The Nordic House in Reykjavik, Iceland is now offering guided tours around the impressive building designed by the world famous Finnish architect, Alvar Aalto.
Guests, lead by an actor impersonating Alvar Aalto himself, are taken through the history of the Nordic House, introduced to other Aalto designs and the designer’s history, as well as presented with culinary samples of “New Nordic Food” from Dill Restaurant – a contemporary Nordic restaurant that utilises classic Nordic ingredients in a modern way.
Dill Restaurant, located within the Nordic House, is an acclaimed restaurant run by Chef Gunnar Karl Gislason, Captain of the Icelandic Culinary Team, and Olafur Orn Olafsson, President of the Icelandic Sommelier Association. In 2009, Dill was awarded the Nordic Prize for Best Restaurant in the Nordic Region and since, has retained its reputation as one of Reykjavik’s top dining establishments.
In addition to the restaurant, the Nordic House organises a diverse program of cultural events and exhibitions, and also maintains a library dedicated to Nordic literature. The goal of the Nordic House is to foster and support cultural connections between Iceland and the other Nordic countries with its facilities and events. Furthermore, there is a shop for Nordic design and food products, exhibition space and auditoriums.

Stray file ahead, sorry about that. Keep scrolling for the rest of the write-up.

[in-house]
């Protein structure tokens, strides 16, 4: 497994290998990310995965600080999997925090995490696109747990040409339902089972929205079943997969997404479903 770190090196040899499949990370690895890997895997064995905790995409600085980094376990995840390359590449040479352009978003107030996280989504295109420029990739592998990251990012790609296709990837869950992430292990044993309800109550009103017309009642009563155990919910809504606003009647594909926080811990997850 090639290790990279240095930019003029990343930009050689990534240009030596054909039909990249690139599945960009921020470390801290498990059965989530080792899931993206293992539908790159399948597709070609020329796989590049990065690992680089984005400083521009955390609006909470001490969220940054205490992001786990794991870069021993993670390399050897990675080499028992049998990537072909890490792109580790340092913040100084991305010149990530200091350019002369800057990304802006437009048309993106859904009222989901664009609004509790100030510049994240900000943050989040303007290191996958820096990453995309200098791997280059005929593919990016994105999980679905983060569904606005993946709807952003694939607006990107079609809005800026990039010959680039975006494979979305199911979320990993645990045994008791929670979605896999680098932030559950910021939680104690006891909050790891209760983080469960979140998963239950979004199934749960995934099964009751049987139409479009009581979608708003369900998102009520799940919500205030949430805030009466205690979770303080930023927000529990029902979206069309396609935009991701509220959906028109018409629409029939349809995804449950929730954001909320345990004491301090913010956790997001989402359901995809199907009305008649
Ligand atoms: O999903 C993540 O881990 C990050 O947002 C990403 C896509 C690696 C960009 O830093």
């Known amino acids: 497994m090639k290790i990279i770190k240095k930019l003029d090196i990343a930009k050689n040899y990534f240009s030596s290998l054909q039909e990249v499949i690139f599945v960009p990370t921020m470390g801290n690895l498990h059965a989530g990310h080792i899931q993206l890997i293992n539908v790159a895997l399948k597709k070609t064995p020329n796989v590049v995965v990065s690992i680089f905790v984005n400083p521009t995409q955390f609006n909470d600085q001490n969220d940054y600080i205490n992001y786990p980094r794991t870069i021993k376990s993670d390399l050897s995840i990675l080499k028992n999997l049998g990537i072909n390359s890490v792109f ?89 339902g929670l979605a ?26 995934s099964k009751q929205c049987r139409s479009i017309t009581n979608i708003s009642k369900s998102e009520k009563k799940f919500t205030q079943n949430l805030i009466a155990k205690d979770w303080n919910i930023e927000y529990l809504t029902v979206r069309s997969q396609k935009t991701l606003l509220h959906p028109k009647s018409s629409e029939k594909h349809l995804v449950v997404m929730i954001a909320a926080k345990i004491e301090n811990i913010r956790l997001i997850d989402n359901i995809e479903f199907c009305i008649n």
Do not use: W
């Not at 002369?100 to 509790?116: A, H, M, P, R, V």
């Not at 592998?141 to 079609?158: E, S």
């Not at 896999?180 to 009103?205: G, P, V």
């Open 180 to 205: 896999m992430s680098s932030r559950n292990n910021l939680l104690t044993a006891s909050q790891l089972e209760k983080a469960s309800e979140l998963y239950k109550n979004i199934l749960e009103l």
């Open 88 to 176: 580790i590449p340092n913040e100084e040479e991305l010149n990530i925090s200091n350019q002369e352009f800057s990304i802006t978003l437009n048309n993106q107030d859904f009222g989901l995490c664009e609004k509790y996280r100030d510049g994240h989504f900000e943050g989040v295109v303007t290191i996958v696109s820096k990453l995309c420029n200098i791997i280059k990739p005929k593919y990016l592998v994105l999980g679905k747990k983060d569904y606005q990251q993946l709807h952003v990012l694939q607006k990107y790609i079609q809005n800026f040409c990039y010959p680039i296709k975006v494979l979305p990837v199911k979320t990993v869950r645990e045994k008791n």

The house also accommodates some of Iceland’s biggest cultural calendar events such as the Reykjavik International Film, Iceland Airwaves, and The Nordic Fashion Biennale – launched by the Nordic House.
The guided tours take place Monday- Saturday at 11 am and 1 pm.
For further information about the Nordic House in Reykjavik and the Alvar Aalto guided tours, visit www.nordichouse.is.
About the Nordic House
The Nordic House is designed by acclaimed Finnish modernist architect Alvar Aalto (1898-1976). The house is one of his later works, a hidden gem amongst the better known masterpieces, and features most of Aalto’s signature traits. These are evident in the ultramarine blue ceramic rooftop that takes its organic shape from the mountain row in the background, the central well in the library and the extensive use of white, tile and wood throughout the building.